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Moving your medical professional corporation to another province

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If you're thinking about moving your medical professional corporation to another province or territory,1 it’s important to first review the various regulatory requirements. Since the laws on incorporation are complex, you should always consult with your legal, accounting and tax advisors before making any decisions about moving your practice.

Can I move my existing medical professional corporation from one province or territory to another?

An existing medical professional corporation can be moved from one province to another if it satisfies the rules in the province it is moving to. Multiple rules must be satisfied and doing so may require restructuring your corporation. Even if you can transfer your corporation, think about whether you should, especially if the move is complicated.

What are the steps required to continue (i.e., move) my medical professional corporation from one province to another?

In Canada, a “continuance” allows a corporation to re-incorporate into another legislation instead of incorporating again.  

The steps to continue a medical professional corporation differ from province to province, depending on provincial business incorporation laws, medical profession laws and the applicable college or professional body rules. Use these checklists as a general guideline.

Your medical college or professional body requirements:

  • Seek a licence to practise medicine from the college or professional body in the province you’re moving to.
  • Consult the college about requirements for licensure of a medical professional corporation in the province you’re moving to, and ensure that yours, in its current form and with its current shareholders, will qualify.
  • Submit draft articles of continuance to the college in the new province for pre-approval.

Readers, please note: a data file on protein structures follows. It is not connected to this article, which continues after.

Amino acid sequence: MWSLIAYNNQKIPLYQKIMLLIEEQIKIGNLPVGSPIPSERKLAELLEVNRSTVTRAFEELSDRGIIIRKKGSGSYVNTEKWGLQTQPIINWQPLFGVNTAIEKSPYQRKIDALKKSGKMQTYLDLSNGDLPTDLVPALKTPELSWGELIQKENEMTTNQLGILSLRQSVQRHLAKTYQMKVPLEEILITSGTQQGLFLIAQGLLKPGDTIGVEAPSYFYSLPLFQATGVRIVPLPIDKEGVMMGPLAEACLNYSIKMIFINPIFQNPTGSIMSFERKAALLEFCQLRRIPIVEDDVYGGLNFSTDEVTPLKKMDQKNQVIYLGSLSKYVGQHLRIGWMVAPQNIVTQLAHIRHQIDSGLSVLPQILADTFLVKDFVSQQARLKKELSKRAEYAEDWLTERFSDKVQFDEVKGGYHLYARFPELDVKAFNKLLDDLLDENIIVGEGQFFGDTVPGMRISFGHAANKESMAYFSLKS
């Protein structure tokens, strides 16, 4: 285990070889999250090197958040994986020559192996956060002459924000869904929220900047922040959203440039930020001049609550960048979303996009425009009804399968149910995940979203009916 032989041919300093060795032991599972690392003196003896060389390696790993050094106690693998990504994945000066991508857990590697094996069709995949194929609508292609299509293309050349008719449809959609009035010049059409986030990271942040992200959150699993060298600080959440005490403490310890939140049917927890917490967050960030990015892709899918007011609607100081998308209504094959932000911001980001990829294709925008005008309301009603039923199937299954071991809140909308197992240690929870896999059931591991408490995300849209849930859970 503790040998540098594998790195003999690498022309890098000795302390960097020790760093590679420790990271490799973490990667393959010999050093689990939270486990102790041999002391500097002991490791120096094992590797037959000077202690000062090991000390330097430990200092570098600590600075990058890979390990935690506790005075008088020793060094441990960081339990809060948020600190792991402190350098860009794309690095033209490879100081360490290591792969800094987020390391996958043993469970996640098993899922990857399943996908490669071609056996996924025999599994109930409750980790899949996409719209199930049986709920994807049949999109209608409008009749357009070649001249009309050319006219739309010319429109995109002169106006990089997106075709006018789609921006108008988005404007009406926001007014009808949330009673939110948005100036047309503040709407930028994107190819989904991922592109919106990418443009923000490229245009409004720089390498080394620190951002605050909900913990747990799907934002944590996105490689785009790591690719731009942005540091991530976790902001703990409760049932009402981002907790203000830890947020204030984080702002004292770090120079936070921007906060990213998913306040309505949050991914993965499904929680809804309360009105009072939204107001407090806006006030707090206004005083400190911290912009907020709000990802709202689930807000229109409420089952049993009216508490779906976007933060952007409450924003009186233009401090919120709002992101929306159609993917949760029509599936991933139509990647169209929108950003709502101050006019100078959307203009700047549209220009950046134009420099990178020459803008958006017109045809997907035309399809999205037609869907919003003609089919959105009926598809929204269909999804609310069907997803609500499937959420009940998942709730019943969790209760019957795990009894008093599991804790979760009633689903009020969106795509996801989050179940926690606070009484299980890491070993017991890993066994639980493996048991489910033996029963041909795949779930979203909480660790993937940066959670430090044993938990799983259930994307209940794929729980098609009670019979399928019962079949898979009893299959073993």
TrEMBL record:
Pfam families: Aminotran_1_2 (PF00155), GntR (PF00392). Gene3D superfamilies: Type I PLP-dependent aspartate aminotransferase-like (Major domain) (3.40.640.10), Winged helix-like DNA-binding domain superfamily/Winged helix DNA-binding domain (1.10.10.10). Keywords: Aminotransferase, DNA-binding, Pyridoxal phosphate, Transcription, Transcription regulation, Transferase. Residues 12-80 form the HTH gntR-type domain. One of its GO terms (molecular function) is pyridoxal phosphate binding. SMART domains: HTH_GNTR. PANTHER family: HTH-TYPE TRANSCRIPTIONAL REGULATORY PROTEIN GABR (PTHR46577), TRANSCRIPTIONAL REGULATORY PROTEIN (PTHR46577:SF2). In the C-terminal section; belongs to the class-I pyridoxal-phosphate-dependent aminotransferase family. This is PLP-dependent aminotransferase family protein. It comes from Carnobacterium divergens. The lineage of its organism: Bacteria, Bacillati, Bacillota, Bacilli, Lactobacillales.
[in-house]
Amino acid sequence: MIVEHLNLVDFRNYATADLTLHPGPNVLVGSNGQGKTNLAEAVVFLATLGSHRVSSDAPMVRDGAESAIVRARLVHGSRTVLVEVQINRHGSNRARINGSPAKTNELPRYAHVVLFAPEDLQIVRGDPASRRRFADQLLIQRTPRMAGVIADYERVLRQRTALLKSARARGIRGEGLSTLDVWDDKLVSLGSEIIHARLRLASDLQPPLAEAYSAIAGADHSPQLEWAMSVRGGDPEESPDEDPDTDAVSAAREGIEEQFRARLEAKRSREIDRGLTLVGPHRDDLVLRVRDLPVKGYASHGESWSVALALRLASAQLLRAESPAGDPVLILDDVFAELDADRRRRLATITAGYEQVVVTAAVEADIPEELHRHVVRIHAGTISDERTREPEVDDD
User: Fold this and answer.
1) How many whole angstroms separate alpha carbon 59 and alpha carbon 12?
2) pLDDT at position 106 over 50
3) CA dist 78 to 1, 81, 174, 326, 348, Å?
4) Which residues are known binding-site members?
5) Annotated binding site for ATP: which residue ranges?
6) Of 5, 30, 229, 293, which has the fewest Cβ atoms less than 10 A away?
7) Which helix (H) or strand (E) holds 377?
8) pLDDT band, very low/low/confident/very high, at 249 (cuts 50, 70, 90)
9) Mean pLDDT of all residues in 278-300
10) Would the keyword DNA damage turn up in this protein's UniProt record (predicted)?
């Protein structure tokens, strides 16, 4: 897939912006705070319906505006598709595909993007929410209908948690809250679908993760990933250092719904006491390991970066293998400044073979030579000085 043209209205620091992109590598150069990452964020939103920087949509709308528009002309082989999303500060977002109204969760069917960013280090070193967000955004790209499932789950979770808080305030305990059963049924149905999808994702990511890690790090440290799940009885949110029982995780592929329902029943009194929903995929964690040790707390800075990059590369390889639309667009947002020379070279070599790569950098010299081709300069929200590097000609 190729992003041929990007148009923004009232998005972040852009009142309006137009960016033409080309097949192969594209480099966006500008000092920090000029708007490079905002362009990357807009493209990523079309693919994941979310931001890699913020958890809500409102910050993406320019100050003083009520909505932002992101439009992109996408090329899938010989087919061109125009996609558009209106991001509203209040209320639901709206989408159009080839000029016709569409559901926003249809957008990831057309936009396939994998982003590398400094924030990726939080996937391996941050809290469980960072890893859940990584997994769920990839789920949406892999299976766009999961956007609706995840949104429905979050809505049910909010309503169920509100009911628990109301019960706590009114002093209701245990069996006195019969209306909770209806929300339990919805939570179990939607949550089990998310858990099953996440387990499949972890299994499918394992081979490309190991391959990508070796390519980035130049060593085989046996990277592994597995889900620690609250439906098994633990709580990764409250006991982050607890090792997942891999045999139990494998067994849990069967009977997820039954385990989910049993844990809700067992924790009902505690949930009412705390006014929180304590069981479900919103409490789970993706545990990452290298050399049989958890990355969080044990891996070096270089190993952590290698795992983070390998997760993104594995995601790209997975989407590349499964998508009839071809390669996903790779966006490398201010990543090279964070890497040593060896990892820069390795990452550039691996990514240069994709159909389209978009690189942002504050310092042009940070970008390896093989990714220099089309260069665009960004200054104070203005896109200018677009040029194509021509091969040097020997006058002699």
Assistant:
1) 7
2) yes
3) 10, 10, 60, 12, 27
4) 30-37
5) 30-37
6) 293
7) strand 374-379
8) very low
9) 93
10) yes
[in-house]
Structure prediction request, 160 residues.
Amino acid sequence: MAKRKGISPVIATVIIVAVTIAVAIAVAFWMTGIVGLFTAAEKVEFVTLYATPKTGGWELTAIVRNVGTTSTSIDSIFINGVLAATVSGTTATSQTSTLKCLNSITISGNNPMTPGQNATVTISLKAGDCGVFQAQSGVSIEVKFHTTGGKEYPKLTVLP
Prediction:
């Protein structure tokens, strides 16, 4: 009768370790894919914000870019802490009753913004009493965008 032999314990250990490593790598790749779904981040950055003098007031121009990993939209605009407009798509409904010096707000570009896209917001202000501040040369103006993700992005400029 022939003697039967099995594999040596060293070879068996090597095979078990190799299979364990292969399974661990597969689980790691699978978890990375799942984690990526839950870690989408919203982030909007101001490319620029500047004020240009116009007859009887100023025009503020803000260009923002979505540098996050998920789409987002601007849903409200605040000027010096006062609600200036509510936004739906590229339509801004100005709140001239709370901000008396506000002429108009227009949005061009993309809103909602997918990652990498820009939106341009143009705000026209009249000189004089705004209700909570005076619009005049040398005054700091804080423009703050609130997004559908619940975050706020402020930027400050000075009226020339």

• Apply to the college in the new province for a licence or certificate of authorization for your medical professional corporation, along with the applicable filing fees.

Legal requirements:

  • Consult the legal requirements for licensure of a medical professional corporation in the province you’re moving to, and ensure that yours, in its current form and with its current shareholders, will qualify.
  • Conduct a name search in the new province to make sure your corporation complies with business names legislation there.
  • Obtain a special resolution of the shareholders of your corporation, authorizing the continuance.
  • Obtain the consent of the provincial ministry of finance or the Canada Revenue Agency (as applicable) to the continuance.
  • File an application for “authorization to continue” with the corporate registry of the new province, along with the filing fee.
  • File the articles of continuance, name search results and filing fee with the corporate registry in your current province.

Consult your legal advisor for help with this process. You may need a legal advisor both in your existing province or territory and in the one you’re moving to, as lawyers are typically qualified to provide legal advice in only one.

What does it cost to continue a medical professional corporation from one province to another?